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Web Health Links

Finding Reliable Health Information on the Internet

What about using Google or some other search engine?
If a search engine is used, lots of results are generated. It is hard to separate the wheat from the chaff. Many results may be from organizations with a strong bias or financial interest in your linking to their website.

How can I tell if a website has good information?
Look for one of the two logos below at the bottom of the first page of a website:
The first signifies certification by the Health on the Net Foundation http://www.hon.ch a non-governmental organization that accredits other websites as being honorable sources of health information. The second is a private company that has certification from URAC, an independent, nonprofit organization. Either logo is the equivalent of the Good Housekeeping Seal of Approval for internet health information.

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Are there some particularly useful websites?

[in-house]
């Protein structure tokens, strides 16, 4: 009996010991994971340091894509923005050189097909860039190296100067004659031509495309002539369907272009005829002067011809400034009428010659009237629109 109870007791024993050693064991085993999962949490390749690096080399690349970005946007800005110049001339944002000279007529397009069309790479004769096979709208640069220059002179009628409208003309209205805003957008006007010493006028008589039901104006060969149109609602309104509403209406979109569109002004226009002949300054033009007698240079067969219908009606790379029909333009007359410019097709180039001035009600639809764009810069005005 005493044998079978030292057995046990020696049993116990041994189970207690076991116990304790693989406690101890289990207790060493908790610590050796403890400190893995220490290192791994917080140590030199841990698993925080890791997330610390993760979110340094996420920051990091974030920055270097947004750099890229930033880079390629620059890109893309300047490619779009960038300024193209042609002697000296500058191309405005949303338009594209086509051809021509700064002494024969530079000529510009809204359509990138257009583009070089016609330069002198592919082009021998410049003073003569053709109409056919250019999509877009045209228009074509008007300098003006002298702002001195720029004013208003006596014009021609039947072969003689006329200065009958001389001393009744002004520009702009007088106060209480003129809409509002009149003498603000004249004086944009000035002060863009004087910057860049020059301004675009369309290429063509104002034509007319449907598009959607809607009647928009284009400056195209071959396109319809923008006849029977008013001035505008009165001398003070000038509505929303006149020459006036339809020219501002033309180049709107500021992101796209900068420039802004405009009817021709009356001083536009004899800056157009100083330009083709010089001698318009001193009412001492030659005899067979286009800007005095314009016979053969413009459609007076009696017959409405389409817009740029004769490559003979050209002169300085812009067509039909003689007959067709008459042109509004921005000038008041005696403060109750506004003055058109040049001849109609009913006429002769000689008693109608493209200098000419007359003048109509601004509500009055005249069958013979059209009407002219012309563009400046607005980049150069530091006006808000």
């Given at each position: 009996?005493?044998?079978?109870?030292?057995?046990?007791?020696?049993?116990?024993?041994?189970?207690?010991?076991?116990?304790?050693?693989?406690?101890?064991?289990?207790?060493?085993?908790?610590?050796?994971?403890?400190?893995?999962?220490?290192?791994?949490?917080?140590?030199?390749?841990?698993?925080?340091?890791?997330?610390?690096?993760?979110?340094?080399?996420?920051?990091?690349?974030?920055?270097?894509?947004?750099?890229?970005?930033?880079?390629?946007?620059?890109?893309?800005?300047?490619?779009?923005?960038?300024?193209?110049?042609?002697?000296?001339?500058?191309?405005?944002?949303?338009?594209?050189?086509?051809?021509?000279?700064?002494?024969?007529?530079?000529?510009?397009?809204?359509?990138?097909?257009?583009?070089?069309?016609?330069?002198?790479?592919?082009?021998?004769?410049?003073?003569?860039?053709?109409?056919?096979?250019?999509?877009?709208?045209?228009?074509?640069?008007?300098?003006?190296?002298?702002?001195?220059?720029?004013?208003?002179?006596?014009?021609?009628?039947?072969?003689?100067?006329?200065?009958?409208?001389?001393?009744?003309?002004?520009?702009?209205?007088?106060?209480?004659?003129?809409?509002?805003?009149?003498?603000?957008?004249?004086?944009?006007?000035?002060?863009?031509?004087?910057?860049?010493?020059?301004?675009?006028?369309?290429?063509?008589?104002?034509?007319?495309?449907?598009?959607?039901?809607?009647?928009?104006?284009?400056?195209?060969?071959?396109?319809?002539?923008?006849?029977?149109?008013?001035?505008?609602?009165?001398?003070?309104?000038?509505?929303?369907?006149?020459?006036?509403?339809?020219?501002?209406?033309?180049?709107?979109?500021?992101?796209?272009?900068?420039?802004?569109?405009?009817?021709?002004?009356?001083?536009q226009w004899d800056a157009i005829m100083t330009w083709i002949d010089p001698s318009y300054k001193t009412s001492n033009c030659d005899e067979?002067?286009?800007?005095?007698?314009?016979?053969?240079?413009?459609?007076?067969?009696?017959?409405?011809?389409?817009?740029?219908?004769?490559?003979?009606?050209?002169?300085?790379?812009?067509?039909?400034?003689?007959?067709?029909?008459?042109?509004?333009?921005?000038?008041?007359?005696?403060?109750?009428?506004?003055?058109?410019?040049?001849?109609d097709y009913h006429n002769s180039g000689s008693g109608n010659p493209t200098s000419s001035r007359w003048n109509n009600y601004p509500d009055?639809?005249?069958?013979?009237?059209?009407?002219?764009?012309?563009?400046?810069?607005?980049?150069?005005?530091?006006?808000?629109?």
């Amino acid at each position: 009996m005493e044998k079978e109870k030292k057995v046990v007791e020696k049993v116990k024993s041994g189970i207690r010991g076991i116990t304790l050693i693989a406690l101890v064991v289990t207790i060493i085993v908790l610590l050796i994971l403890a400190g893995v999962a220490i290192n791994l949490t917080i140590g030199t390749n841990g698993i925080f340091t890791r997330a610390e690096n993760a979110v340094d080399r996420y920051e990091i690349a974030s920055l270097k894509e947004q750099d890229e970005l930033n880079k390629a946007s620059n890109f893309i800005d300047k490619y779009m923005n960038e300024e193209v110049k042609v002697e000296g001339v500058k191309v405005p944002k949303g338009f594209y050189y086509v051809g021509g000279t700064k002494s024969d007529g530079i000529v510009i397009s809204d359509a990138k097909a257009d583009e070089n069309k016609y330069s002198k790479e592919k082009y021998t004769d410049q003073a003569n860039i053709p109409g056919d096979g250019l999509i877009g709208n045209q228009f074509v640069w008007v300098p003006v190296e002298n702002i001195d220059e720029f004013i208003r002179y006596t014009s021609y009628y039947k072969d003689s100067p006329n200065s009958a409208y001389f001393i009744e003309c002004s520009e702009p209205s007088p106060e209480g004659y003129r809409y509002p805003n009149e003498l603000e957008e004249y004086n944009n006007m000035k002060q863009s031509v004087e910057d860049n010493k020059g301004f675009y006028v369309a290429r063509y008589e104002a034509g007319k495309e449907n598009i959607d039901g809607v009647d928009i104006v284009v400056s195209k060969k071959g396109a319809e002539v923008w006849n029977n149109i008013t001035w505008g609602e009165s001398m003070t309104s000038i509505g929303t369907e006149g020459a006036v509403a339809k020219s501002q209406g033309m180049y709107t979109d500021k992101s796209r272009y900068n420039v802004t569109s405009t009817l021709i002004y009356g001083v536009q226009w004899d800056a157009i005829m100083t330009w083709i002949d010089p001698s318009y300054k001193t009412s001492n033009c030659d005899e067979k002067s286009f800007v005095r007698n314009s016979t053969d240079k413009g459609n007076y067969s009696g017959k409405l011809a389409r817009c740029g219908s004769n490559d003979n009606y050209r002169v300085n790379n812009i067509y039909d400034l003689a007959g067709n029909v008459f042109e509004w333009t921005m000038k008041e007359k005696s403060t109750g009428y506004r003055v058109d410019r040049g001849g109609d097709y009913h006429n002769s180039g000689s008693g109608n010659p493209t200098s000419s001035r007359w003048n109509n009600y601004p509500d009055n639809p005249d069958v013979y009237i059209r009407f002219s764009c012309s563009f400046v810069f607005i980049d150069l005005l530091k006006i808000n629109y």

Here are some useful health information websites recommended by Orcas Medical Center:
Medline Plus This is the website of the National Library of Medicine in the National Institutes of Health (NIH). MedlinePlus also has extensive information about drugs, an illustrated medical encyclopedia, interactive patient tutorials, and latest health news. http://medlineplus.gov

There are several major sections to this website:

Other general sites include:

More specialized websites include the following:

  • Centers for Disease Control: (an agency of the United States) is particularly good for international travel concerns, vaccine information, and information on infectious diseases. http://www.cdc.gov.  
  • Immunization Action Coalition: This is an excellent source for immunization information. If you know of anyone who is getting information on immunization elsewhere, please encourage them to look at this website as well.  http://www.vaccineinformation.org
  • American Diabetes Association: Good information and resources on diabetes is available. It includes prevention, treatment, and nutrition.  http://www.diabetes.org/diabetes-basics
  • Dietary Approaches to Stopping Hypertension: This is known as the DASH diet and is useful to people who want to improve their nutrition with the goal of blood pressure reduction and hypertension prevention. It is provided by the National Institutes of Health. http://www.nhlbi.nih.gov/health/public/heart/hbp/dash/introduction.html
  • Cancer information is available from the National Cancer Institute  http://www.cancer.gov
  • AIDS and HIV information from the University of California at San Francisco. http://hivinsite.ucsf.edu